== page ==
Dear Reader, Women’s History Month is nearly over. I promised myself that I would sing praises for women letter carriers in these final March moments. So, here are some stories….
In our current culture, it is not unusual to see a woman driving a postal truck or approaching your door with a large mailbag on her shoulder. This was not always the case. Like any profession that is generally considered “man’s work,” the transition for women to become letter carriers was long, slow, and bumpy.
Early records dating back to 1845 , introduce Sarah Black who was hired to ferry mail between the train depot and Charlestown, MD. Apparently, several members of the Black family were also employed by the local post office. One became a female postmaster.
Women as mail carriers were a novelty, and therefore many news articles were written about them. Dozens of women in the later half of the 19th century worked as rural carriers. In 1884, The Boston Daily Globe described the tough job of “star route” carrier Polly Martin, who had to dig her team of horses out of deep snow and who once confronted a would-be robber by beating him with a horse whip. (Postal Record)
In 1888, The Postal Record article, “A Girl Mail Carrier” introduced 20 year old Minnie Westman, “a plump little brunette” who helped her father and uncle carry mail under contract in Oregon. The story describes how tough her job was. Why once Minnie even had an encounter with 3 bears on her mail route!
At the turn of the 20th century, more women were getting hired as rural carriers. Many men could not leave the farm to take these jobs in remote areas. It was noted that the “girl carriers” proved themselves as “unflagging in their devotion to the service as the men and were as efficient.” In 1904, there were 105 women rural carriers in the Nation’s postal service.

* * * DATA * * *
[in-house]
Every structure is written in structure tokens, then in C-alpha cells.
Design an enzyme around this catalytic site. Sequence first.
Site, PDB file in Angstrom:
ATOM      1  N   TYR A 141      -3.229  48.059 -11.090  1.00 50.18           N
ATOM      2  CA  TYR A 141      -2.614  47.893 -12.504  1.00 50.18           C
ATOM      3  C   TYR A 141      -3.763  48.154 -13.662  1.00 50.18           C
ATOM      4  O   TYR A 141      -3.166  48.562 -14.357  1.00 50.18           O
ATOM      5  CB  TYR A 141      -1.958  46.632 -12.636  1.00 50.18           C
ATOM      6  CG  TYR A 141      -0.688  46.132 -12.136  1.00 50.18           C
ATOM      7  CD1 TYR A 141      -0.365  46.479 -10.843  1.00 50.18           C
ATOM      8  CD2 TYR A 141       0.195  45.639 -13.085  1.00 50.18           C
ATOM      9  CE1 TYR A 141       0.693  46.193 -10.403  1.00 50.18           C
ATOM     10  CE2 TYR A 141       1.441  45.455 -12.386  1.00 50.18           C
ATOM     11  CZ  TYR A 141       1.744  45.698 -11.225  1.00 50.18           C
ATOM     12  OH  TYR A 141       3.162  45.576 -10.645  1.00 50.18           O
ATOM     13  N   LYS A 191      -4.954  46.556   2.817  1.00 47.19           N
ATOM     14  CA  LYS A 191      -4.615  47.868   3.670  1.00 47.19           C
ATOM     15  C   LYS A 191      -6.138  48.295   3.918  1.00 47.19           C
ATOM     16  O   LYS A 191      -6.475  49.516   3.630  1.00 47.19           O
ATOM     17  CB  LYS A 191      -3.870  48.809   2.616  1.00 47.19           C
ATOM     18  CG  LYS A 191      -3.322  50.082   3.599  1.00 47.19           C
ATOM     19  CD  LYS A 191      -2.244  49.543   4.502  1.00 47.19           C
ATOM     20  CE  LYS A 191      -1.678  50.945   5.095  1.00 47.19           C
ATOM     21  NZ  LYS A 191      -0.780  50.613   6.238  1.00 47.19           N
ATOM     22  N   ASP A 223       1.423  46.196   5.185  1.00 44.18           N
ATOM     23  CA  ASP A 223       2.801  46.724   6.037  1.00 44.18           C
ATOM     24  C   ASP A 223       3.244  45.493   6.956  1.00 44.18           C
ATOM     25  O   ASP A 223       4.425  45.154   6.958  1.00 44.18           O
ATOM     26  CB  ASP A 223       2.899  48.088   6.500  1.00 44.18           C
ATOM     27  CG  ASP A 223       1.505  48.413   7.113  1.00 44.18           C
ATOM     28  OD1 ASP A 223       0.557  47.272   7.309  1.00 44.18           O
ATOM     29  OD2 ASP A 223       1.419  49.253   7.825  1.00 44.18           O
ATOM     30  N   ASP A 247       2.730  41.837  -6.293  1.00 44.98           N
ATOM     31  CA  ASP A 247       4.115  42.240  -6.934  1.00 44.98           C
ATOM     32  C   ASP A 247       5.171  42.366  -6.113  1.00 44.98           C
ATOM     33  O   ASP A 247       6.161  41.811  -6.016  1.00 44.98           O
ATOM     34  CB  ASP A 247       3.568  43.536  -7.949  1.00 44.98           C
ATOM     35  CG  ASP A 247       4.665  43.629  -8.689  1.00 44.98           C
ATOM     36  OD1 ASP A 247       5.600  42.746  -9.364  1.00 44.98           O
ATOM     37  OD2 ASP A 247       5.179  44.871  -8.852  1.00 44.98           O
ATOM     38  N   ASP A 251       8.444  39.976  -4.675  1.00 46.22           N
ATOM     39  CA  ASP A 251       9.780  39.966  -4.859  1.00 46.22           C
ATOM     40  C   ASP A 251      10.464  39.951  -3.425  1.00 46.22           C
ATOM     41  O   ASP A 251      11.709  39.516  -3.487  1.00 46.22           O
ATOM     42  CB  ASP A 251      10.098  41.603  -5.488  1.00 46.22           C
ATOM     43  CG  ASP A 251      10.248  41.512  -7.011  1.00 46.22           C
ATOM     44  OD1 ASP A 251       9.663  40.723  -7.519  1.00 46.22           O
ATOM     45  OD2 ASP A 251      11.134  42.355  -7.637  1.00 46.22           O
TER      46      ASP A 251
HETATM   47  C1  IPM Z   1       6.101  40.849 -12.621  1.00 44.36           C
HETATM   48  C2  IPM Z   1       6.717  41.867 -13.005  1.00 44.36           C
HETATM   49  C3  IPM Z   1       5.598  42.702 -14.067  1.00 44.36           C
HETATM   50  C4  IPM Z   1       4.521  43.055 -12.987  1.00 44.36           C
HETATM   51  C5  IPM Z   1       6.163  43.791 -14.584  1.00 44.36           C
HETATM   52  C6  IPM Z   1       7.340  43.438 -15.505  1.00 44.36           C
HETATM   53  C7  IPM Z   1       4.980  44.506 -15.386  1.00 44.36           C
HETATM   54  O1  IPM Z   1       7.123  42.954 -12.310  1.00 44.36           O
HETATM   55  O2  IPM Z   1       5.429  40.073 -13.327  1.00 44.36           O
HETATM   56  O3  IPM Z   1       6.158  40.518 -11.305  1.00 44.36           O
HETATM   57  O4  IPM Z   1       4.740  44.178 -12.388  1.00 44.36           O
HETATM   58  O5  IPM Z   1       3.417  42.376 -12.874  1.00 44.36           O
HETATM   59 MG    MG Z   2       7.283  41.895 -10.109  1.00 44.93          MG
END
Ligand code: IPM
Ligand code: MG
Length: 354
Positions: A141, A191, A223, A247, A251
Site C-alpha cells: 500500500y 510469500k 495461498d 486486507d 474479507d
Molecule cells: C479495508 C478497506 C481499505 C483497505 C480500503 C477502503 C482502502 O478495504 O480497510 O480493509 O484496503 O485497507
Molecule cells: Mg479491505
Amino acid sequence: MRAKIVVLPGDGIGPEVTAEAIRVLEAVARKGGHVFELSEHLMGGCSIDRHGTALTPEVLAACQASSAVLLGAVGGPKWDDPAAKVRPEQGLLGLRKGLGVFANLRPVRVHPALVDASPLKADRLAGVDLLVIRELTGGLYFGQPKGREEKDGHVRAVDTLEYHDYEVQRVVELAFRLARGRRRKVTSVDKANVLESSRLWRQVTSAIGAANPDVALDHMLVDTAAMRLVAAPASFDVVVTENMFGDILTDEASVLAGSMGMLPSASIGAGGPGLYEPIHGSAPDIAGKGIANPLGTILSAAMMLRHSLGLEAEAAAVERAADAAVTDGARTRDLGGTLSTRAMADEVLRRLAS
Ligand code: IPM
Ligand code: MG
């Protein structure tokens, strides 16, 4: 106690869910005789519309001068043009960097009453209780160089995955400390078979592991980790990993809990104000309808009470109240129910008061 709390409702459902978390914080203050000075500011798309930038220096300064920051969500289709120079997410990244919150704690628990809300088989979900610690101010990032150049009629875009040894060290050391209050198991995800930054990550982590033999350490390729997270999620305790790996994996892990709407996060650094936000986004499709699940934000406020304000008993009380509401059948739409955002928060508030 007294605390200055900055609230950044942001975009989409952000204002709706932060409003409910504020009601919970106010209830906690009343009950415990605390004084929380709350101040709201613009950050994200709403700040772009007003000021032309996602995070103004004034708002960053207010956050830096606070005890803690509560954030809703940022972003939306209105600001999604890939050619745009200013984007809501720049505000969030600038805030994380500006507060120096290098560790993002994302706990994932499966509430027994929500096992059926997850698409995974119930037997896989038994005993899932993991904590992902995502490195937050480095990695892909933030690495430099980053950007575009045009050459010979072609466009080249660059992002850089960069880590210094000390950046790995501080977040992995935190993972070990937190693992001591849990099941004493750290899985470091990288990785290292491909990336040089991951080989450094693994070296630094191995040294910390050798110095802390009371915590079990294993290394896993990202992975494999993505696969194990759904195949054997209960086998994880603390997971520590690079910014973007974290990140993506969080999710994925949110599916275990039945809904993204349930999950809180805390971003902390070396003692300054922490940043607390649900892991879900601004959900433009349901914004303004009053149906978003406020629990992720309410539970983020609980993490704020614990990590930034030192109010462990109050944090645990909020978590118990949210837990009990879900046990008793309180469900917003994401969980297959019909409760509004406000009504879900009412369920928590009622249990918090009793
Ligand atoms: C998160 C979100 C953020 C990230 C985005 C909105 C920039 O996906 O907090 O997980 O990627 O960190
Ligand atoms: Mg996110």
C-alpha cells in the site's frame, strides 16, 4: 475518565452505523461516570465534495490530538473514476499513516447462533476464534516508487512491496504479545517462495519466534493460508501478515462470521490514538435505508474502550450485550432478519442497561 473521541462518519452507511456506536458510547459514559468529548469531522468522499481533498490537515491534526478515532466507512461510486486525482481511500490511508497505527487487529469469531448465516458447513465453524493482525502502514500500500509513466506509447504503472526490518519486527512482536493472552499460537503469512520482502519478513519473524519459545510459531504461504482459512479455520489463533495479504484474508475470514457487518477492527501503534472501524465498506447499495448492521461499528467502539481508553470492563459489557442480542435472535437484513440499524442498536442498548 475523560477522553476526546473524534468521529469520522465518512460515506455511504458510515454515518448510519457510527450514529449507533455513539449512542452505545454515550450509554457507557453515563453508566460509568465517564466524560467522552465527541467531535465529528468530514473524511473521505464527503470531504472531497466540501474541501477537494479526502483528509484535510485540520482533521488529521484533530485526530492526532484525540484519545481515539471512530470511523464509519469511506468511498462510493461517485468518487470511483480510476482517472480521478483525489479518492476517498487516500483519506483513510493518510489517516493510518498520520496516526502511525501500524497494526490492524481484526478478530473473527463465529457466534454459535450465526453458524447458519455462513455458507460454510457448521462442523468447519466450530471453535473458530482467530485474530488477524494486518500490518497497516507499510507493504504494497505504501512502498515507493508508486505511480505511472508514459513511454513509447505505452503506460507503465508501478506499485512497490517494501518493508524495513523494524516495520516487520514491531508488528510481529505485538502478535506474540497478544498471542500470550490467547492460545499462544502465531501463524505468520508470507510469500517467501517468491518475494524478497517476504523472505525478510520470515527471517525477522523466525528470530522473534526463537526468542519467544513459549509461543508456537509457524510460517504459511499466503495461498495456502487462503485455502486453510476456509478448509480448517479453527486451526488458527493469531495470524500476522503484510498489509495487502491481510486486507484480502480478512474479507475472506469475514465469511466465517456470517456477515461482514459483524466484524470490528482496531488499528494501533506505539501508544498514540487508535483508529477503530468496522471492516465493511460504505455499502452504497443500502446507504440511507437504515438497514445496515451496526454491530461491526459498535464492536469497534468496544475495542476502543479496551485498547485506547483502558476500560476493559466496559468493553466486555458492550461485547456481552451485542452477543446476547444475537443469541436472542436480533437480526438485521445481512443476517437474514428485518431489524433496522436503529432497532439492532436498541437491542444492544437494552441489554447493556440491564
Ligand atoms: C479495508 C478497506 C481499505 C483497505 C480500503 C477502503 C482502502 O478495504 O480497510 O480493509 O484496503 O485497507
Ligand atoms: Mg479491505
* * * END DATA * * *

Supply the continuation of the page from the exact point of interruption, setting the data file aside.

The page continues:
Still the old boys’ attitude prevailed. In 1902, Postmaster General Henry C. Payne wanted only single women to apply. He reasoned that married women needed to stay at home to do household duties. And the overall thinking was that these women were taking a job away from a man.
Still when the women were given a chance, they excelled. Some became pilots flying mail planes. But it wasn’t until World War I that women began working as city letter carriers. The war caused a workforce shortage, as the men enlisted to fight. These women letter carriers met and overcame the skepticism they faced by doing their jobs exceptionally well. Over the course of the war, dozens of women were hired to fill in for the men. And as the war ended, most of these women gave up their jobs to the returning veterans.
World War II once again brought women back as carriers to keep the mail moving while the men were away. And as before, when the war ended, most women gave up their jobs to the returning men.
In 1955, there were only 95 women city letter carriers. In 1962, President Kennedy passed an anti-sex discrimination ruling for federal job hiring. Then the ranks of female letter carriers grew. In 1983, (which was one year before I was hired), there were 18,000 women carrying the mail nationally.
Today women make up 32% of the city carrier ranks. And women continue to apply for city carrier jobs at a very rapid pace. So be prepared to see more women delivering our mail in the near future.
One of the women who was hired in the early 1970’s was Megan Brennan. She began as a letter carrier in Lancaster, PA, and advanced through the ranks to become chief operating officer and executive vice president of the Postal Service. Then in 2015, she became the first female postmaster general in U.S. history. Now, there’s a testament to what a woman letter carrier can do.
“A Century of Progress, Honoring the March Forward of Women Letter Carriers.” The Postal Record, Volume 131/Number 3, March 2018. p.16-21.